And all this is before the general public would turn a corner to be greeted by the area celebrating Ulster's big boxing nights with Rinty Monaghan, McGuigan, Dave Boy McAuley to current champ Frampton - not forgetting Olympic medallists like Wayne McCullough, Paddy Barnes and Michael Conlan.

Joey Dunlop, Robert Dunlop and Philip McCallen would dominate the bikes scene, and on four wheels our motorsport stars like John Watson, Eddie Irvine and Bertie Fisher would grab attention.

And so, too, the greatest jockey of them all, Tony McCoy, and our snooker gods Alex Higgins and Dennis Taylor.

Golf might require its own building the way Rory McIlroy is marking up Major titles, with Darren Clarke and Graeme McDowell helping him out in recent years in a trend started by Fred Daly in 1947.

As I say, the list is endless, with Dame Mary Peters, our golden girl, surely given a podium all to herself.

The Ulster Sports Museum is Mary's final sporting wish. She delivered for us and now we should be delivering for her.

I'm told our sporting heroes would be more than happy to lend their memorabilia to a sports museum in Northern Ireland. That's a good start.

The thing is, money is also required (a) to find a suitable venue for a sports museum and (b) to be able to sustain it, given the running and staffing costs.

The Northern Ireland Executive is suffering from budget cuts right now, but given some of the cash it has thrown away down the years, what about investing in a fantastic idea like this?

In years to come, if operated successfully, it would pay for itself and soon turn over a profit, which could be handed over to worthy causes. An Ulster Sports Museum wouldn't just be attractive for local people, it would be visited by tourists, too.

Already more than 120,000 have been to see a Travelling Sports Exhibition, which is now residing, ironically enough, at Stormont, having been enjoyed from Ards to Armagh, Ballymena to Belfast, Cavan to Coleraine and Derry to Donegal.

Former Ulster and Ireland rugby star Nigel Carr, who is the acting chair of the Ulster Sports Museum Association, said: "That is only the tip of the iceberg of what could be done.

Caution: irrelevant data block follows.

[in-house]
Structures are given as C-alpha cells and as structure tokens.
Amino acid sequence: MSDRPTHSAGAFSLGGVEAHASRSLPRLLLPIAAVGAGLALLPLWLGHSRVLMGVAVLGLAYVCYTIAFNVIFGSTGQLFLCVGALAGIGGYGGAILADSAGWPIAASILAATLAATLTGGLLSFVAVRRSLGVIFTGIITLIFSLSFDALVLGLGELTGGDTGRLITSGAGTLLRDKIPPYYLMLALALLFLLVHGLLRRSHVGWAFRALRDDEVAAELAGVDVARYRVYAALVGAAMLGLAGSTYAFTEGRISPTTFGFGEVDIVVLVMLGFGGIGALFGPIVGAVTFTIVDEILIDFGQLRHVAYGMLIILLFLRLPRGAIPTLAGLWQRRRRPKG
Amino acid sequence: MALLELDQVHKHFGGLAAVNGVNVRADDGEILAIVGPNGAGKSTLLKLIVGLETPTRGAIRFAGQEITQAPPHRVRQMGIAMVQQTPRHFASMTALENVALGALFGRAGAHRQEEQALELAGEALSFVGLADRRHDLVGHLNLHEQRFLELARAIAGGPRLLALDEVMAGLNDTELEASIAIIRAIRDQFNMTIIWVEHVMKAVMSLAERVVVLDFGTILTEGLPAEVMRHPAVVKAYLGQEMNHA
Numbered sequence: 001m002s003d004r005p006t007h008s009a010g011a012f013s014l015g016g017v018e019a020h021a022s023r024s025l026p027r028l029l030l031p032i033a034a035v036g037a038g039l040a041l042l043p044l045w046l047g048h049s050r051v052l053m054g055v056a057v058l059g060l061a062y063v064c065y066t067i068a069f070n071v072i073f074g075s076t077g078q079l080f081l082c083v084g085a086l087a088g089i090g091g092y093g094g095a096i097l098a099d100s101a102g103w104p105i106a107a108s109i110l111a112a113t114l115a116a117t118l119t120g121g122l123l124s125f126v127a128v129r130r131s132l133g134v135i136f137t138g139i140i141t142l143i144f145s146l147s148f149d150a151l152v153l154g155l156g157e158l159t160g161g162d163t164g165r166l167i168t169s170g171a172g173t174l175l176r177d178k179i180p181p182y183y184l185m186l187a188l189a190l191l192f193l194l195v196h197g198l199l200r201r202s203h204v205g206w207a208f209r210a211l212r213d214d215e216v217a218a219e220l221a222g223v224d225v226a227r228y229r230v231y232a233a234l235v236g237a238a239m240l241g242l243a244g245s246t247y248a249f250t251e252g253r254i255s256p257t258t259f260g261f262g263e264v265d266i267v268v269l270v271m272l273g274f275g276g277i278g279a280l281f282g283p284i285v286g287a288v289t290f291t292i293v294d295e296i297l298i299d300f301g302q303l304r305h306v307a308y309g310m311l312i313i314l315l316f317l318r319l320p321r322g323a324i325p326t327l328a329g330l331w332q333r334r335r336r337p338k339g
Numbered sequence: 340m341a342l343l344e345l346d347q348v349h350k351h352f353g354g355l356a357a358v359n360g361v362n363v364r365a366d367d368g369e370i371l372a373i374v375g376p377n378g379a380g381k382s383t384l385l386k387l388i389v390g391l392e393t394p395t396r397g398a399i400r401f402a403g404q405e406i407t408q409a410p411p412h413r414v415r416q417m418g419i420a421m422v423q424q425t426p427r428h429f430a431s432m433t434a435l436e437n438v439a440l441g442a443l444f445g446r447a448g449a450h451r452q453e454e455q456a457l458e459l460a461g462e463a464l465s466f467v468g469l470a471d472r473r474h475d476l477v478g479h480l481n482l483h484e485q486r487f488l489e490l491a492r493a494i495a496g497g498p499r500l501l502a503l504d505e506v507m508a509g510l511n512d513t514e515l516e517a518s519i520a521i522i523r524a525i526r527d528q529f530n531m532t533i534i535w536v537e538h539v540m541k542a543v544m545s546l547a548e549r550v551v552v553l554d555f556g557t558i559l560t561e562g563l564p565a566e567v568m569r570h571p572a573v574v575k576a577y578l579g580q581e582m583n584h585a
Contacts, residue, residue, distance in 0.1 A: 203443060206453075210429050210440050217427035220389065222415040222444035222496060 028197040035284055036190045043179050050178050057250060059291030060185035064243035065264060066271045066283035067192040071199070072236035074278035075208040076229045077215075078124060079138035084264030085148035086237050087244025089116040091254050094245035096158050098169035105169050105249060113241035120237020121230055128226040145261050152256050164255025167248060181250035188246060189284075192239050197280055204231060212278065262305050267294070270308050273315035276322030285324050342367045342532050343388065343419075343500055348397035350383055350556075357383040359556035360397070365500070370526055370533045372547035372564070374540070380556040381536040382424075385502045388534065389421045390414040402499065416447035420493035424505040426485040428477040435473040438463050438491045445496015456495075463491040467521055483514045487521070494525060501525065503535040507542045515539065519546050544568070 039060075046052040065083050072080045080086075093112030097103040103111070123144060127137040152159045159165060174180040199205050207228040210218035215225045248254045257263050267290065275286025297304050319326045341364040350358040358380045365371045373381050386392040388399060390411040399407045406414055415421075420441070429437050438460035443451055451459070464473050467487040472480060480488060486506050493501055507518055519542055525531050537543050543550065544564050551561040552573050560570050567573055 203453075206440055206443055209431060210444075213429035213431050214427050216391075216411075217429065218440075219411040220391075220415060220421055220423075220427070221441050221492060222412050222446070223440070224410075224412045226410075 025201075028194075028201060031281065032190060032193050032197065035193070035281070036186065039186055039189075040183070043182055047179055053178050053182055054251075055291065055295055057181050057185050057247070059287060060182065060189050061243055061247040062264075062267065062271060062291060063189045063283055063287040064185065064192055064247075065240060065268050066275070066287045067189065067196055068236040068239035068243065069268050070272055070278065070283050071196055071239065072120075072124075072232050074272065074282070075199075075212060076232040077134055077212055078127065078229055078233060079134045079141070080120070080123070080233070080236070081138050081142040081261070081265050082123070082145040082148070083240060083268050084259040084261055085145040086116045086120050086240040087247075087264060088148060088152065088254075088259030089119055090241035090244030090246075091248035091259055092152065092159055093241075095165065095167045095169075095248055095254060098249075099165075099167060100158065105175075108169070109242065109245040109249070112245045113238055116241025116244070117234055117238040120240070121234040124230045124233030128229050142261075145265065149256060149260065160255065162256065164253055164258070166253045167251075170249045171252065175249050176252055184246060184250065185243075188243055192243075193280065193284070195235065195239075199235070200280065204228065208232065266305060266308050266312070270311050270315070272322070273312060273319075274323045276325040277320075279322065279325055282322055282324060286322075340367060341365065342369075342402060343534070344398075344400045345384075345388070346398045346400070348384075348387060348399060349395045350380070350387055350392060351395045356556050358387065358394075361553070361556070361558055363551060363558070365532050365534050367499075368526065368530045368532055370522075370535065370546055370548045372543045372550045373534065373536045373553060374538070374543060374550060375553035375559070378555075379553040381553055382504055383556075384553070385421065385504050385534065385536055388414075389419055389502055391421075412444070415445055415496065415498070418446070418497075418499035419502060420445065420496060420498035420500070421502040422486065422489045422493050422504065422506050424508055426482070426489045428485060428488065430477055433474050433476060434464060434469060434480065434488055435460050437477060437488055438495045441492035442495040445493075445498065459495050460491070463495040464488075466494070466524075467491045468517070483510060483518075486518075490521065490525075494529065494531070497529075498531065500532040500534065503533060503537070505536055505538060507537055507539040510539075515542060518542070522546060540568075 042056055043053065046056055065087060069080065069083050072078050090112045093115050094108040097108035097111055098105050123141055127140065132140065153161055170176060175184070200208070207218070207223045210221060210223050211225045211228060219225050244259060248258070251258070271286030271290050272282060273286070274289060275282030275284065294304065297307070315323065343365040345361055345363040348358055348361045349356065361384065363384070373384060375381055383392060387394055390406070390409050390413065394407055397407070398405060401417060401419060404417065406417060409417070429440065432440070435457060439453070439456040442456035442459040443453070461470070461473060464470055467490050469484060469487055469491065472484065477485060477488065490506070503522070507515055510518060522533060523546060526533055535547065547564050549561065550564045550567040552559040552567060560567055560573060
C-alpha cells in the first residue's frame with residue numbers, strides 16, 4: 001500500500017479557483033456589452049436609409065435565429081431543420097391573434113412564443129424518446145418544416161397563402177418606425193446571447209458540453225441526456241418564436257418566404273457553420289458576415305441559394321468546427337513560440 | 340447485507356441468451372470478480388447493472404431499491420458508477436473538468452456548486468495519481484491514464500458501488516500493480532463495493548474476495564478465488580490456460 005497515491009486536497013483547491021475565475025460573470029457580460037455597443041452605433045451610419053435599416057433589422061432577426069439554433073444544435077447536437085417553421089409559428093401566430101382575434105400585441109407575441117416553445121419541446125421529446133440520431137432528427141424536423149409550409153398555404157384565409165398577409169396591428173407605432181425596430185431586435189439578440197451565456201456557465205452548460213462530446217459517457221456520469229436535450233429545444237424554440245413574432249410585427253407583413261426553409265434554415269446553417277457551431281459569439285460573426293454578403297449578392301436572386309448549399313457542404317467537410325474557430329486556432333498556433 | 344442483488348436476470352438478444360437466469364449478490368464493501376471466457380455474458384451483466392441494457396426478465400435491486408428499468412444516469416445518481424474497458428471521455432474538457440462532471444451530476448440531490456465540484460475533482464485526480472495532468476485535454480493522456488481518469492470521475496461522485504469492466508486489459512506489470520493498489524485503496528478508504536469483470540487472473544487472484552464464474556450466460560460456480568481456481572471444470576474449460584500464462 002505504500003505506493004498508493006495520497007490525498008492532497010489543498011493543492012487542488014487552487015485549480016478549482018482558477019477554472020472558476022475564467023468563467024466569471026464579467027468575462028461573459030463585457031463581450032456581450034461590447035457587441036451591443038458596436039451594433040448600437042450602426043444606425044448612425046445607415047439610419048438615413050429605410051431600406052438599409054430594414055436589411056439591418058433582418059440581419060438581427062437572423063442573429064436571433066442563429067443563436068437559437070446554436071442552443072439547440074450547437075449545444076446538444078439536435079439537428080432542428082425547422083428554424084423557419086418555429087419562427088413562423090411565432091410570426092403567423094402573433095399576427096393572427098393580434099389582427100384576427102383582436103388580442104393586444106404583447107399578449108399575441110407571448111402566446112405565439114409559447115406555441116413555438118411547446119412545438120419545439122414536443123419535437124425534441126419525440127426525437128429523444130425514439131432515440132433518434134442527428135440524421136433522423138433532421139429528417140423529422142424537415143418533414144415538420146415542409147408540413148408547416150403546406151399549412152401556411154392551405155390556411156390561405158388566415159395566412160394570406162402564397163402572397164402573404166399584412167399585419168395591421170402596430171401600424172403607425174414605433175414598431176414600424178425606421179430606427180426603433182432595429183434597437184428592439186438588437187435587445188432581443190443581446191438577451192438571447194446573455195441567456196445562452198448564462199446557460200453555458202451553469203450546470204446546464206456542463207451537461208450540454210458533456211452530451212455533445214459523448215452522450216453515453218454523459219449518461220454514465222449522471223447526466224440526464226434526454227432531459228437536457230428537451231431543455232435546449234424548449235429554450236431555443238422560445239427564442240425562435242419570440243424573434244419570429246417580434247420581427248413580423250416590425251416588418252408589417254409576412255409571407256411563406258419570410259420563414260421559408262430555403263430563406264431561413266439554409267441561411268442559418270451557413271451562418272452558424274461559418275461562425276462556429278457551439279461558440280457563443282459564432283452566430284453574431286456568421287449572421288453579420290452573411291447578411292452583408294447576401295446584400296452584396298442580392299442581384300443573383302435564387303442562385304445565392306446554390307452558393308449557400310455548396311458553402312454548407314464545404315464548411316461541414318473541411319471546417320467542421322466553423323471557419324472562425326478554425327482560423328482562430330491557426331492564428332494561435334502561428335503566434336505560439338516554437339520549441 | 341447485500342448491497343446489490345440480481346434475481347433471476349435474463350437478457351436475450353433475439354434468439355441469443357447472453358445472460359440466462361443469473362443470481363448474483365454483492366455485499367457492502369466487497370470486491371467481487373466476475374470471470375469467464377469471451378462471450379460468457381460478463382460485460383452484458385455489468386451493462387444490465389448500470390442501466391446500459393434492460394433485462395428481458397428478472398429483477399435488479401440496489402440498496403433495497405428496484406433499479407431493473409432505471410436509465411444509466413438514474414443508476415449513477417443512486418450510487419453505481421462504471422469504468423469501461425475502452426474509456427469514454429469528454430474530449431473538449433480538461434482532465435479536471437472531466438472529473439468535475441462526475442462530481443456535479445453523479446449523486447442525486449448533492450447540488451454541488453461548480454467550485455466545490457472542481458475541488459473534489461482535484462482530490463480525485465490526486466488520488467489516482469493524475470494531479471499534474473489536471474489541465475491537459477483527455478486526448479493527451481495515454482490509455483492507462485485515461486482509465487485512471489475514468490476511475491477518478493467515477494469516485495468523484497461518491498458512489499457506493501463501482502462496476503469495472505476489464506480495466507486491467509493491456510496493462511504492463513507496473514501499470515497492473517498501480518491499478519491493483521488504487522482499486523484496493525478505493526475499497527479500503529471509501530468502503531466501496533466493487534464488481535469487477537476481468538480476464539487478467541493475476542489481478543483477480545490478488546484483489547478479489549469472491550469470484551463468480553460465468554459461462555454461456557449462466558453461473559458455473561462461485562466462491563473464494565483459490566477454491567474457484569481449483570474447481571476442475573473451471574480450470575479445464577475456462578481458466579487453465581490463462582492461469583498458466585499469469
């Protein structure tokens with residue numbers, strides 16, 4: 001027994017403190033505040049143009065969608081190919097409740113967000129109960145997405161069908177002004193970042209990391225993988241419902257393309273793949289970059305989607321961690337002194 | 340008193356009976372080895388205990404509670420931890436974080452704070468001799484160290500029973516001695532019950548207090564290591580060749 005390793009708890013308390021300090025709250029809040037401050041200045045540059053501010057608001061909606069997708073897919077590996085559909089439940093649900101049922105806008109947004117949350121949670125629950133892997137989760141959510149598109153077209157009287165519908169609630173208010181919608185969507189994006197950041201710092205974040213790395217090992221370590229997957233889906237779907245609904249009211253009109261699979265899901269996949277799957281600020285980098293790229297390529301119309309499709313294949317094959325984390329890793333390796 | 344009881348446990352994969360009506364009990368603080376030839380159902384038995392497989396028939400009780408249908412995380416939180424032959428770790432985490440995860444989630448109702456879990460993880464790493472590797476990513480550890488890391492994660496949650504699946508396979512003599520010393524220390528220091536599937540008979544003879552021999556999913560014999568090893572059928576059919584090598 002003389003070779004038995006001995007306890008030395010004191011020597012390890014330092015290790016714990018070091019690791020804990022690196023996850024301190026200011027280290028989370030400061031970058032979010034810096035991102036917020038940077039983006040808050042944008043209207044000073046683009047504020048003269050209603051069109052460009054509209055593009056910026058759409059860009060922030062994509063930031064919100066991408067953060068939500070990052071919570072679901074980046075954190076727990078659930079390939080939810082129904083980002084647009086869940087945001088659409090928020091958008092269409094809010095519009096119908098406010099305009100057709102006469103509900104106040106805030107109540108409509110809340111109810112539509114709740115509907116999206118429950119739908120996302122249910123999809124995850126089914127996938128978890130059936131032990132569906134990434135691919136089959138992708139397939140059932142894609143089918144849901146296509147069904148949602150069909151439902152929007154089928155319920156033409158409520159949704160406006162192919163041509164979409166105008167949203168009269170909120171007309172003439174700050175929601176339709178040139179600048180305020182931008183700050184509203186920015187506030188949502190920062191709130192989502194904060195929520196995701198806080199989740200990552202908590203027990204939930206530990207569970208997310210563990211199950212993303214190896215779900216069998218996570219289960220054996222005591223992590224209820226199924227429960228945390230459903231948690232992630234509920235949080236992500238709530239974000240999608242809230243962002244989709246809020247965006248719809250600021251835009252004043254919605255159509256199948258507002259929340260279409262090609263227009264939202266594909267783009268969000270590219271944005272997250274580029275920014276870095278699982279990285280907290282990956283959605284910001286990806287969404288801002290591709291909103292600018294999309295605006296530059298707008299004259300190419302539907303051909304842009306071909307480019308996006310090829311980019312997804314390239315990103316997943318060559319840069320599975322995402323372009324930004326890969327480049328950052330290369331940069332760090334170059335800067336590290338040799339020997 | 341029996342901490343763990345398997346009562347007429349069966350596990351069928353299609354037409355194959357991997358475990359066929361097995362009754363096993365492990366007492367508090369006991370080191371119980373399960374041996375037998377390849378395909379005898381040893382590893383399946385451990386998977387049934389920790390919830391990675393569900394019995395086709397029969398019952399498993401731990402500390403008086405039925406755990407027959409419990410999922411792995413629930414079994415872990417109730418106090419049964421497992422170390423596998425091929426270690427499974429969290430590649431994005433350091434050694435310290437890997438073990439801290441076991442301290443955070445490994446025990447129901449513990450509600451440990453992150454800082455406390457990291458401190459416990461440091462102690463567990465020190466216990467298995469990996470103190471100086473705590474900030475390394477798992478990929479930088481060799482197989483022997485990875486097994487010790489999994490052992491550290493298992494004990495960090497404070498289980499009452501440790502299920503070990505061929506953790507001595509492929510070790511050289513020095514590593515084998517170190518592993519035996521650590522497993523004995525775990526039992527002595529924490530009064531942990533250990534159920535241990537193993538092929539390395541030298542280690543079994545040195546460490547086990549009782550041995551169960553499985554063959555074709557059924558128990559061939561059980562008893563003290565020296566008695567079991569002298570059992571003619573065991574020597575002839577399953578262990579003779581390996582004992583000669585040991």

"From our perspective, a sports museum hits so many buttons.

"It is important from a cultural perspective to recognise the achievements of Northern Ireland people in the past.

"It also has the ability to bring people together from different backgrounds and communities to celebrate GAA, boxing, football or whatever.

"And, perhaps most importantly, it could inspire our future generations.

"It would celebrate the past to inspire for the future.

"We are a small province, but we have world champions, Olympic champions, people who have been and are number one in their chosen sport and successful in their chosen walks of life.

"I think having a sports museum wouldn't just be inspirational but would bring a new type of person into a museum, who may not necessarily go there, and be educational in all sorts of ways as well."

On potential Government funding, Carr added: "We understand that at the moment that a lot of the departmental spending has been cut back 10% and there is a lot of pressure on budgets and public expenditure. We recognise this is a very difficult time in the public sector with all the cuts.

"That said, we think it is something that could be incorporated, perhaps within the museum structure."

The association is currently in discussions about having a temporary base, which could see it set up at the Ulster Museum or the Folk and Transport Museum at Cultra.

Fair enough. But somebody, somewhere, preferably in Stormont, should make this a permanent deal.

Northern Ireland people love their sport and their sports stars. An Ulster Sports Museum would prove that.

Like the best line from that old baseball movie Field Of Dreams said: "If you build it, they will come."

  • Steven Beacom is the Belfast Telegraph's sports editor